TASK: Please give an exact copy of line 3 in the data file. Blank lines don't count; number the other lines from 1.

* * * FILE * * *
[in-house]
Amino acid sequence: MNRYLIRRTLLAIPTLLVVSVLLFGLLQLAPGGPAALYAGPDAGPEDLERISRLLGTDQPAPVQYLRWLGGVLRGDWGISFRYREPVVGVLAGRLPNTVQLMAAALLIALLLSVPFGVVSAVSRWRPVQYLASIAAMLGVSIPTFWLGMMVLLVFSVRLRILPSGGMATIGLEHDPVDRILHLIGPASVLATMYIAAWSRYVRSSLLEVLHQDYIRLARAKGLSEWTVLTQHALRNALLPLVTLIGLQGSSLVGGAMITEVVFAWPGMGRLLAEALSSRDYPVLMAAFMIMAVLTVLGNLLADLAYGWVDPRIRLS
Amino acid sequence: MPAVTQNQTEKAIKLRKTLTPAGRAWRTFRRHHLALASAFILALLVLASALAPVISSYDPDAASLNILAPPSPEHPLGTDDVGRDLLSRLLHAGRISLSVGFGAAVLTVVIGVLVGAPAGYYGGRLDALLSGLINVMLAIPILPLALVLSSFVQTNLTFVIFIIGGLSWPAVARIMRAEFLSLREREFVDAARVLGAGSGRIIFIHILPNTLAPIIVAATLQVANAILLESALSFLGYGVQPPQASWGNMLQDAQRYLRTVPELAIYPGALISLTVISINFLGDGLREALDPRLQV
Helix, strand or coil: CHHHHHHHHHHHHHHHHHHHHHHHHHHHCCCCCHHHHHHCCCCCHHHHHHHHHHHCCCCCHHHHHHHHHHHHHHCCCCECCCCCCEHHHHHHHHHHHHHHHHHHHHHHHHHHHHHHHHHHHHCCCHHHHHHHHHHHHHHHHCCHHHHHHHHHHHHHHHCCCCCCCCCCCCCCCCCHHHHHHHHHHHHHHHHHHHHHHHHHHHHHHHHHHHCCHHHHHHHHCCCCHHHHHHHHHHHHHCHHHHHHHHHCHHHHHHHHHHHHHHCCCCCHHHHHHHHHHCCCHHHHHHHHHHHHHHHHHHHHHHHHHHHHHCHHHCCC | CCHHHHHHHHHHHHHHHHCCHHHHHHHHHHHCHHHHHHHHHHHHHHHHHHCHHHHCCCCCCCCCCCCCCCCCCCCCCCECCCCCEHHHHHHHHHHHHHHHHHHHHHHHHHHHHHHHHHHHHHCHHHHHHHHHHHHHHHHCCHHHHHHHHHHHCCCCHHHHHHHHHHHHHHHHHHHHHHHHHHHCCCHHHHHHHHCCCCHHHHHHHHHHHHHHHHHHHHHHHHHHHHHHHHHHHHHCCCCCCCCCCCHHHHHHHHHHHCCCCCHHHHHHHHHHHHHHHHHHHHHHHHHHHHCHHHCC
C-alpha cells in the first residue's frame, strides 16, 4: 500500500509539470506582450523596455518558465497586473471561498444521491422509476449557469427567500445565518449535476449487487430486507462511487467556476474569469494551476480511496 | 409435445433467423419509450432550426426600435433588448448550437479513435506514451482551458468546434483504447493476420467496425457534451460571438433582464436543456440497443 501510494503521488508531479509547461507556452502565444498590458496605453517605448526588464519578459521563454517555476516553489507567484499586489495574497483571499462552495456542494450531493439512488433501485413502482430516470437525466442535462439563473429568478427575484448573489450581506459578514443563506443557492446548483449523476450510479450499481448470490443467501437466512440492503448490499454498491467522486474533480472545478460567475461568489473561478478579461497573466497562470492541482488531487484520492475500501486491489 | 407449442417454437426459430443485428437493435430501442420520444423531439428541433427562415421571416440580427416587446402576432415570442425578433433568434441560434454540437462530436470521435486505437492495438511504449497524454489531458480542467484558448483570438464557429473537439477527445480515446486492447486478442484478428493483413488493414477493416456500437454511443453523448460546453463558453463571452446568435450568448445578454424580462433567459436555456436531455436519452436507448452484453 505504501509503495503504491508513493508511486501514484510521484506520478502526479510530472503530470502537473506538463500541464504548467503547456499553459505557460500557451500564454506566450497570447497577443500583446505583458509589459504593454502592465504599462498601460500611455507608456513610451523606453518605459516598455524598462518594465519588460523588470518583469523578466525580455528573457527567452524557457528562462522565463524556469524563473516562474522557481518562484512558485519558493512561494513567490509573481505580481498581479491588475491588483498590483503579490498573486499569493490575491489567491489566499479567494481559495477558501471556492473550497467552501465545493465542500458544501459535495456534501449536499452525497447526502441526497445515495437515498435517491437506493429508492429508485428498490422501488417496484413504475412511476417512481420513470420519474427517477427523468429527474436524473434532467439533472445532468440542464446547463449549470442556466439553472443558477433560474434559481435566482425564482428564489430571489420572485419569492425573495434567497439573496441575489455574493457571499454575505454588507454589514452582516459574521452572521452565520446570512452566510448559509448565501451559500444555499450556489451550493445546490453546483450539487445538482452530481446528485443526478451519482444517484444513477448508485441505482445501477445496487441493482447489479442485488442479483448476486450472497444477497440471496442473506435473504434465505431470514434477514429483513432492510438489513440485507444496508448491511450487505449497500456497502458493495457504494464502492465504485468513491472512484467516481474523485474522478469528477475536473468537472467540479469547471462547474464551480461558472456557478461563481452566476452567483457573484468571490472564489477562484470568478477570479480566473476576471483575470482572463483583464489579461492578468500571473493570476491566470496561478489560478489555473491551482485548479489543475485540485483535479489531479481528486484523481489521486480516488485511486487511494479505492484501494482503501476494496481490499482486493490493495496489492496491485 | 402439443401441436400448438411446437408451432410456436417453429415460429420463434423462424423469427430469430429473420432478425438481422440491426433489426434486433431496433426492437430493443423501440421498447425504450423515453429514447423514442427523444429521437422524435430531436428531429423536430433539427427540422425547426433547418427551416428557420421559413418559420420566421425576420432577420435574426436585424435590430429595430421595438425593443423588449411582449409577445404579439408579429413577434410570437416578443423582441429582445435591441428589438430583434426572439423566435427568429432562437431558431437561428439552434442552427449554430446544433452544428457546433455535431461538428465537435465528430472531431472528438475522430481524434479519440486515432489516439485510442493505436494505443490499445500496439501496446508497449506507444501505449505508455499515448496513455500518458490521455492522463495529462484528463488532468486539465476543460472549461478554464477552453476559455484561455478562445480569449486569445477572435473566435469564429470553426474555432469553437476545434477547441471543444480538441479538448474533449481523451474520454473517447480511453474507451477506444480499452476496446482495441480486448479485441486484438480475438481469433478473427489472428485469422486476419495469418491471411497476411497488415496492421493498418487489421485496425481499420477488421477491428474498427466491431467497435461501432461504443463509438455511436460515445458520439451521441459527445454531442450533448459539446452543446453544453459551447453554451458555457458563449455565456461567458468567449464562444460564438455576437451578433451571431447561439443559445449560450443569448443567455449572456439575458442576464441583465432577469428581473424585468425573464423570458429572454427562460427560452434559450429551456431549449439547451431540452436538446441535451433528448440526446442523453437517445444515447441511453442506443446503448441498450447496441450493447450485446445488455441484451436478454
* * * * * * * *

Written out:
Amino acid sequence: MPAVTQNQTEKAIKLRKTLTPAGRAWRTFRRHHLALASAFILALLVLASALAPVISSYDPDAASLNILAPPSPEHPLGTDDVGRDLLSRLLHAGRISLSVGFGAAVLTVVIGVLVGAPAGYYGGRLDALLSGLINVMLAIPILPLALVLSSFVQTNLTFVIFIIGGLSWPAVARIMRAEFLSLREREFVDAARVLGAGSGRIIFIHILPNTLAPIIVAATLQVANAILLESALSFLGYGVQPPQASWGNMLQDAQRYLRTVPELAIYPGALISLTVISINFLGDGLREALDPRLQV